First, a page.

For example, at first blush I did not recognise the totems I was encountering in the world, and that were represented on the Journey maps, were in fact stylised depictions of my character’s race. Perhaps it was silly of me, but I thought they were simply iconic triangle type objects used to landmark achievements. It was not until the end of the game that all of these characters became colourised, and I recognised them as myself. It is this kind of context-lead tension that makes Journey so interesting.

3. The communication with fellow travellers. This is perhaps Journey’s most commonly remarked on facet, and for good reason. It is this that transforms Journey from an excellent videogame into something altogether more intriguing.

Throughout Journey, the player will encounter other human players from around the globe who happen to be in the same area of the game as you. You will not learn, until the end of the game, what the names of these players are, and you cannot communicate with them in the usual ways that we have become accustomed to in the space of online gaming. There is no headset communication, no preset emoticon-like language, and no text-based communication. There is only one button, which sends out a call, perhaps a song, or perhaps a wail. It varies in length depending on how long the button is held down for, but its limited affordances breeds perhaps the most rewarding online communication I’ve ever seen in a videogame. Players chirp in rhythms to each other, calling and answering, ignoring, pleading for attention. Maybe this cry is ‘hello’, maybe it is ‘go away’, or ‘look here’, or ‘do this’. It is easy to read into these bursts of inarticulate communication whatever you like, and that is its brilliance.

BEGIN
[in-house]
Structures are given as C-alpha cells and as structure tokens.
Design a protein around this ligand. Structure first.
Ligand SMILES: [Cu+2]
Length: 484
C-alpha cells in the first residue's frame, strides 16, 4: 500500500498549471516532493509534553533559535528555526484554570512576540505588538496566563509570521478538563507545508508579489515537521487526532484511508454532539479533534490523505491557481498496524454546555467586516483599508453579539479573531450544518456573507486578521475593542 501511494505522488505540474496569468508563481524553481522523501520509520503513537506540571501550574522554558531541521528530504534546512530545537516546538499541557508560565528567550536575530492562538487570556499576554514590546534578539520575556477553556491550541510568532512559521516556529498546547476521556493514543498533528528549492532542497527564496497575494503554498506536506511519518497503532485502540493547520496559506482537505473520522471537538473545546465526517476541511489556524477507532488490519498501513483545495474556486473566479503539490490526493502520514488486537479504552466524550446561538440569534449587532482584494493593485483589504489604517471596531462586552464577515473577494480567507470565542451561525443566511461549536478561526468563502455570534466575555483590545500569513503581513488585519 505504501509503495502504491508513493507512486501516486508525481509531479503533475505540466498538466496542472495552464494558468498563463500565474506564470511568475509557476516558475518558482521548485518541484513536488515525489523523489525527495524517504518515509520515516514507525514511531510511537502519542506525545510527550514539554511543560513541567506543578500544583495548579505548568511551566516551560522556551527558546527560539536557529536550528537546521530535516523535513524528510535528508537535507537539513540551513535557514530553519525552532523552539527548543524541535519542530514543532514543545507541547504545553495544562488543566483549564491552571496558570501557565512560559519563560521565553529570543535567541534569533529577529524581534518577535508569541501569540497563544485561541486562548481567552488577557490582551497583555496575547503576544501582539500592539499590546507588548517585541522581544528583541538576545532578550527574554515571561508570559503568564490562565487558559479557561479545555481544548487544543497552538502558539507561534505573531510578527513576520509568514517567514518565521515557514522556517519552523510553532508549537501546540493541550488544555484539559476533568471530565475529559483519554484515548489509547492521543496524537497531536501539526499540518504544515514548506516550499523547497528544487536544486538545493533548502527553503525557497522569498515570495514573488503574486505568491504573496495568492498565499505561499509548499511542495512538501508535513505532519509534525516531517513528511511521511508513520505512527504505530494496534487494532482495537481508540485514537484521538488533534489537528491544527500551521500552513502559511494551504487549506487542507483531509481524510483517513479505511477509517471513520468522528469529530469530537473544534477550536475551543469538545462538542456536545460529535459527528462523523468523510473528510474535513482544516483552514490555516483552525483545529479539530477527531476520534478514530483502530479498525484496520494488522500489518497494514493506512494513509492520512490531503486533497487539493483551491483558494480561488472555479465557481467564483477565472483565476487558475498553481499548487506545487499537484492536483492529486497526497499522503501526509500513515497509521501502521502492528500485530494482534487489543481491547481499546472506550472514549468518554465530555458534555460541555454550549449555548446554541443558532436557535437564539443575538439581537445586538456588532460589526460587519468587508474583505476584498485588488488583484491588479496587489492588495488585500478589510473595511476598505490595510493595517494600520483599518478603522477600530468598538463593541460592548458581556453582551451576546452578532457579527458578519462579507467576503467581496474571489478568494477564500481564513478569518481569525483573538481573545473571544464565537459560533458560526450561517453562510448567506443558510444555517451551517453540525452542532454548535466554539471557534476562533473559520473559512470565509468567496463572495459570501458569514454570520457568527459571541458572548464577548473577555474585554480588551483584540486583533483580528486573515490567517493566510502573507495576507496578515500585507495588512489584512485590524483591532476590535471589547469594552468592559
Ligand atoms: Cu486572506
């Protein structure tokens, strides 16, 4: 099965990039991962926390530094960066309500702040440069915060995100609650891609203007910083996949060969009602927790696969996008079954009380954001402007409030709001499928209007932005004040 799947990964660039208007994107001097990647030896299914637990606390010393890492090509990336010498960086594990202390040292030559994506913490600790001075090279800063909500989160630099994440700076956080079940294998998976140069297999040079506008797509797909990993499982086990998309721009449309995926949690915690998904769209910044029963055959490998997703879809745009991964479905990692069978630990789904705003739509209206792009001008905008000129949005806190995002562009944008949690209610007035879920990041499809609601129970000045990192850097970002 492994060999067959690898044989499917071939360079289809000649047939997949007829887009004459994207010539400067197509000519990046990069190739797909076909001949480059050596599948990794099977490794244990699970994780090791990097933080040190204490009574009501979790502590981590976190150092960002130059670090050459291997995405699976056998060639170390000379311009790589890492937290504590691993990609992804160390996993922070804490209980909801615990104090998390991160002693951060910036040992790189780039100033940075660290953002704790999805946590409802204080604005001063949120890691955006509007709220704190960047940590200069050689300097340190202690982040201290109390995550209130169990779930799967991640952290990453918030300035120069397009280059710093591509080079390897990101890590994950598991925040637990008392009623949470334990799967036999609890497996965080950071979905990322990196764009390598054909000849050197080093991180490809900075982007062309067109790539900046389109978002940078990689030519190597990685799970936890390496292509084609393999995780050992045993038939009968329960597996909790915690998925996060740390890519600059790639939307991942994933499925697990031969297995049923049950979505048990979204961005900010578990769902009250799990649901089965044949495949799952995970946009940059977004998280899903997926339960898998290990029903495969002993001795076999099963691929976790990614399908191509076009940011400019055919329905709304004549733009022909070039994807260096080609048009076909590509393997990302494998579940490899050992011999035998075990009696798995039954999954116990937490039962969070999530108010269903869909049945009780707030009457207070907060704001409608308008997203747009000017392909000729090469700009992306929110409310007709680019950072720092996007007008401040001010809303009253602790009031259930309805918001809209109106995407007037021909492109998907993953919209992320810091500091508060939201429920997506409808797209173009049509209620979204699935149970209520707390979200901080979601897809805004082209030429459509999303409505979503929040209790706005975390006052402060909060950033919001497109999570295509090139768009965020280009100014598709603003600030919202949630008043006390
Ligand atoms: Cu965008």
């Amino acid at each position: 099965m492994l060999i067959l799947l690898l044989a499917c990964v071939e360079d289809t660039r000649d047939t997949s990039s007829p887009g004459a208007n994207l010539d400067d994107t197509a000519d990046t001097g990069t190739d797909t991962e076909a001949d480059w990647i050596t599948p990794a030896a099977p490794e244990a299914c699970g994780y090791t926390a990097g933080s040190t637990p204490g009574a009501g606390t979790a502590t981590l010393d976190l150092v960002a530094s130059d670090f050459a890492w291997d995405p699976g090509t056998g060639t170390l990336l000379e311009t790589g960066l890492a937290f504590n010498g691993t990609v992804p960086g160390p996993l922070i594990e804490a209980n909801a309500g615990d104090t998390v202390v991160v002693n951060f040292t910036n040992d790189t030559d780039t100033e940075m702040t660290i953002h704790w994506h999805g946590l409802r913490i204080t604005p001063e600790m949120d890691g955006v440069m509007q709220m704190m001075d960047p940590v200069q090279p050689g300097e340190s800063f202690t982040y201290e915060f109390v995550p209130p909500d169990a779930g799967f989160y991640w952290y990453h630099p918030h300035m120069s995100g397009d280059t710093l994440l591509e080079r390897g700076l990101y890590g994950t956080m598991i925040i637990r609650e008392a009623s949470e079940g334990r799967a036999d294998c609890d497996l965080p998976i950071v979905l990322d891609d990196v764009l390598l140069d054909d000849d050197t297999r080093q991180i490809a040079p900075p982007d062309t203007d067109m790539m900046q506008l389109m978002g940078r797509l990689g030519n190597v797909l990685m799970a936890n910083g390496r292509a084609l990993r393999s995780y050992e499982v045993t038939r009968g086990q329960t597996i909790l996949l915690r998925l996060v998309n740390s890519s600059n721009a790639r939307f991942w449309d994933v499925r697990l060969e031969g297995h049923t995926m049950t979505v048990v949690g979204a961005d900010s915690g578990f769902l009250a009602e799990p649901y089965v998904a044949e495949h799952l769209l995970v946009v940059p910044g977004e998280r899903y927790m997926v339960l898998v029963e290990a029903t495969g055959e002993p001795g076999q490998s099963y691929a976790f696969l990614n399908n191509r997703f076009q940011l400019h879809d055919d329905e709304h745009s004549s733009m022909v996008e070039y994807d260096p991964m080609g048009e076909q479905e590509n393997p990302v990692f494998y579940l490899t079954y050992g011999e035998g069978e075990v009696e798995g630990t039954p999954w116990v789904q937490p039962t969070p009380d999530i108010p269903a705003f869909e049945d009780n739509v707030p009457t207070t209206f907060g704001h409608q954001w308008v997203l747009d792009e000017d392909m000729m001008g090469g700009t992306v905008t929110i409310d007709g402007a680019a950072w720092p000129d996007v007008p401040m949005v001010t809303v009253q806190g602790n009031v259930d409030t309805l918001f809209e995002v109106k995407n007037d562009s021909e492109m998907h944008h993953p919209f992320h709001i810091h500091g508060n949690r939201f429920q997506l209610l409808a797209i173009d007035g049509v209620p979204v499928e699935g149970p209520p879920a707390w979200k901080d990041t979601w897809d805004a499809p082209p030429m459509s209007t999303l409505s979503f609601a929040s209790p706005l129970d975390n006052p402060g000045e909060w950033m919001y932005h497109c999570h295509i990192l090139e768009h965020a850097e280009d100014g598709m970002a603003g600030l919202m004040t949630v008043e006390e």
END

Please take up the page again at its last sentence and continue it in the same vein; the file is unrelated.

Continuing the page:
Humans have always had fantasies about universal languages. The central conceit of Close Encounters of the Third Kind, for example, is not that aliens exist, or that they would chose to communicate with us at all, but that aliens would chose to communicate with us in some kind of musical form. At the end of the film, the alien mothership starts playing the most complex, joyful series of musical phrases. ‘What are we saying to each other?’ asks an on-hand scientist. ‘It seems they’re trying to teach us a basic tonal vocabulary,’ says another. ‘It’s the first day of school, fellas.’

The Close Encounters five-note greeting still says ‘Hello’ as clearly as it did in 1977. Maybe we read into our Journey hails as much as we would like to with other forms of uncomplicated, decontextualised communication. We love our fellow Journey players because we can see in them what we would like to see.

4. The critical reaction to Journey. For these reasons, then, it is unsurprising that the critical reaction to Journey has been limited at best. Just as the protagonists of Journey are inarticulate of language, so is a lot of the world of videogames criticism. We cannot do much more, seemingly, at this point except point towards Journey and say, ‘This is pretty good.’ We are left wondering what it is exactly that makes the game so good, and our brief experiences with the game so memorable. We are left in want of reading.

How can you understand a game like Journey?

[youtube]http://www.youtube.com/watch?v=_mF8KkDiIdk[/youtube]

2 comments

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2 thoughts on “REVIEW: Four ways of reading in Journey

  1. FunkyJ

    I simply think a lot of the words critics should use for Journey have been mistakenly applied to so many other games that they appear hollow in context of Journey.

    Like Child of Eden, the simplest word to use to describe it is “joy”.

  2. Jeremy Sear

    It almost surpasses words, doesn’t it?

    Even describing what happens to someone who hasn’t played it feels like reducing the experience, spoiling it.